FRANKLIN — Franklin Savings Bank announced it will partner with Revision Energy to upgrade five of its locations to renewable solar energy in an effort to lessen its reliance on fossil fuels, the largest source of greenhouse gas emissions. Solar panels will be installed at its Goffstown office followed by Merrimack, Bristol, Gilford and its administrative services center in Franklin.

According to President & CEO Ron Magoon, “we have always taken great pride in being environmentally conscious when it comes to protecting our environment for future generations to enjoy. We felt it was time to expand upon some of the things we have been doing in this area. And, we want to be viewed as a responsible, conscientious corporate citizen by our customers and the communities we have proudly served for over 152 years.”

The solar panels that will be installed should deliver 184.84 kW of power to the bank’s offices. The environmental benefits realized from the bank’s decision to migrate away from fossil fuels are staggering. The move to renewable solar energy will eliminate 331,996 pounds of carbon dioxide (CO2) annually from the earth’s atmosphere. Broken down further is the equivalent to 16,945 gallons of gasoline not burned, removal of 33 passenger automobiles from the road, 165,922 pounds of coal not burned, and 51 tons of waste recycled.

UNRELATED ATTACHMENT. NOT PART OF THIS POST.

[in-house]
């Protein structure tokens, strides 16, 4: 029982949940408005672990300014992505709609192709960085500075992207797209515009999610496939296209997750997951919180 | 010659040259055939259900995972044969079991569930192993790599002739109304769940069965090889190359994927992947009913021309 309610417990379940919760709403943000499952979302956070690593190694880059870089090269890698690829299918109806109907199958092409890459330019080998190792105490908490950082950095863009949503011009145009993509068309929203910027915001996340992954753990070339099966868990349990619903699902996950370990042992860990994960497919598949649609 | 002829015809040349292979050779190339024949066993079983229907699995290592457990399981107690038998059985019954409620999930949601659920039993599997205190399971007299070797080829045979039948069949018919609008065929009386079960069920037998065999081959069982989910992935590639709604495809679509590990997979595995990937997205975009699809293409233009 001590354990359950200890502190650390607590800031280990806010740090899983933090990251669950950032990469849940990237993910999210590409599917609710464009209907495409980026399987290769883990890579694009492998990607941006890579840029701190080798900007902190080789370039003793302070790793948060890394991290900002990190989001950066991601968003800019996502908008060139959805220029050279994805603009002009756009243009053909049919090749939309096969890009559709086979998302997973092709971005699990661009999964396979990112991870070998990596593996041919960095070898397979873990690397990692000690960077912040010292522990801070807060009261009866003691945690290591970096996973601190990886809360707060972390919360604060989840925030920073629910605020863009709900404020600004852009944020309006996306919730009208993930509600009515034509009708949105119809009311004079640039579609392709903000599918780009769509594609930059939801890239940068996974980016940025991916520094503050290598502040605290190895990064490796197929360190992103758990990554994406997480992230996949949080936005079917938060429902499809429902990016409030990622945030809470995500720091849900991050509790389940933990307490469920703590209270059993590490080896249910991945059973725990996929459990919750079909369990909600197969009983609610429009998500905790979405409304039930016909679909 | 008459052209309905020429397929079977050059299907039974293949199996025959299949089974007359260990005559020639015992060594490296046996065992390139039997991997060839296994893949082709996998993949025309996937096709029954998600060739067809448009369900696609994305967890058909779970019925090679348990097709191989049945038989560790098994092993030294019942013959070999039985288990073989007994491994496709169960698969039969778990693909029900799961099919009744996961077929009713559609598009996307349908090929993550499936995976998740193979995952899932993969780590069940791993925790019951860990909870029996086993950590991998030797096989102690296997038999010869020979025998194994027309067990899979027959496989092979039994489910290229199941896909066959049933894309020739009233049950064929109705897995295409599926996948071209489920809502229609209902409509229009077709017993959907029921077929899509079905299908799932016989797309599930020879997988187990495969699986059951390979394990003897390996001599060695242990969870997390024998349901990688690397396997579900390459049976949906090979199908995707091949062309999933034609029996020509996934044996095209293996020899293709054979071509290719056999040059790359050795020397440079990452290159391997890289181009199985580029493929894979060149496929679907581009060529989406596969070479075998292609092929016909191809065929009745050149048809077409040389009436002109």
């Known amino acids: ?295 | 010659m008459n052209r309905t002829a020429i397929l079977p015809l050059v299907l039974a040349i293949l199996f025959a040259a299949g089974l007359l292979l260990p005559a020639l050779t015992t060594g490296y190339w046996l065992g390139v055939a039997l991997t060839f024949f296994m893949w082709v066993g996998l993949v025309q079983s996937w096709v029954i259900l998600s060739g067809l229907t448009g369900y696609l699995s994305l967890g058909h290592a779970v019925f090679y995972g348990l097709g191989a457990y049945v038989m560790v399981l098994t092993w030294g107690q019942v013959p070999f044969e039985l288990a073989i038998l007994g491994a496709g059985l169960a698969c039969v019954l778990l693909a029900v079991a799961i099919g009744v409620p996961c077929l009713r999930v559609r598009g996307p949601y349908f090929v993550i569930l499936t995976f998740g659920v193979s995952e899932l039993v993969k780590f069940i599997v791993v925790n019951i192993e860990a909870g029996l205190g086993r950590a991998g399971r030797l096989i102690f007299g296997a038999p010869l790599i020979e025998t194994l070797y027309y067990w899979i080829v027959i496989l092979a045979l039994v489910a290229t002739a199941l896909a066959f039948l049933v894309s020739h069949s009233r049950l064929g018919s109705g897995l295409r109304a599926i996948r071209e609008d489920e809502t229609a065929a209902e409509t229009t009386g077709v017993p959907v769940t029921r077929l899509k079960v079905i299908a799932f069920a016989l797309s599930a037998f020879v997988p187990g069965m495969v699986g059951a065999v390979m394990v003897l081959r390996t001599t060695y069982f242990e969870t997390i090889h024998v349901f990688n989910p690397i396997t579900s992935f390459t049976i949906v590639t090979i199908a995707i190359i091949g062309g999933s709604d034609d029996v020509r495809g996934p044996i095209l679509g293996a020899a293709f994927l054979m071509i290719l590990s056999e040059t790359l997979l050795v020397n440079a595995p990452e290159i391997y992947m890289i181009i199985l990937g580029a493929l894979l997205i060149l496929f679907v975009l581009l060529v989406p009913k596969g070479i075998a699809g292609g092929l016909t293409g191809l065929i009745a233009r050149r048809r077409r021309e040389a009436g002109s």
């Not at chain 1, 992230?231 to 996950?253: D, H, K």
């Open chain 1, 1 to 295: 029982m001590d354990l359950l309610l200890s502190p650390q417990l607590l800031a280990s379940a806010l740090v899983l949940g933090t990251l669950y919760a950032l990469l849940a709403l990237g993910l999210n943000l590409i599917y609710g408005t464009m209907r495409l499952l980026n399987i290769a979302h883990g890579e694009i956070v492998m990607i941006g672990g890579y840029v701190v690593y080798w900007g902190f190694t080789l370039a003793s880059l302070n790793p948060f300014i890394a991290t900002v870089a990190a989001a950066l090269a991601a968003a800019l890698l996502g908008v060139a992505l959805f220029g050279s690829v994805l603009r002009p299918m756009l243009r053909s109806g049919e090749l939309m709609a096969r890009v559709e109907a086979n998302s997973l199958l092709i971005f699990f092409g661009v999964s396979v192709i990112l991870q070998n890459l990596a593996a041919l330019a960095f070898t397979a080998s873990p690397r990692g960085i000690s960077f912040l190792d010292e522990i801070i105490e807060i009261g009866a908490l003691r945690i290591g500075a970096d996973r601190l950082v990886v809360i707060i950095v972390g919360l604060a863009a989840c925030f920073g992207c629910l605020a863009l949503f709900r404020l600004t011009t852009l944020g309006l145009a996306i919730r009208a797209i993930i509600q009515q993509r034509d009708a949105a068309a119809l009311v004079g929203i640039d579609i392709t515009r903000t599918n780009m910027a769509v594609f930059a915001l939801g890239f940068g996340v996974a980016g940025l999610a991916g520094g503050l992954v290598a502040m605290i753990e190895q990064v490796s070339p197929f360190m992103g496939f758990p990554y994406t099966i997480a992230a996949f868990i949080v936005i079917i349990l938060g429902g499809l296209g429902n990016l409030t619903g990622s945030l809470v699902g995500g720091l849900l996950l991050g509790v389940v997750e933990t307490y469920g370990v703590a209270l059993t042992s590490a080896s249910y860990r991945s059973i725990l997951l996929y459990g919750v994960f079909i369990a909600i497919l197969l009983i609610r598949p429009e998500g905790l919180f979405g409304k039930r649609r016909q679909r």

David Webb, the Commercial Design Specialist at Revision Energy who worked with FSB to bring the project to fruition, was "extremely impressed by the bank's diligence and commitment to lowering their operation's impact on the environment. I'm hopeful that a well-respected NH financial institution's decision to go solar will help drive other local businesses to do the same."

Revision Energy is a certified B Corp solidifying its commitment to a defined set of non-traditional business practices that benefit employees, customers, and the broader community by creating a positive impact on society and the environment. Their mission is to help people and businesses transition away from fossil fuels to clean, renewable solar power. To learn more, visit

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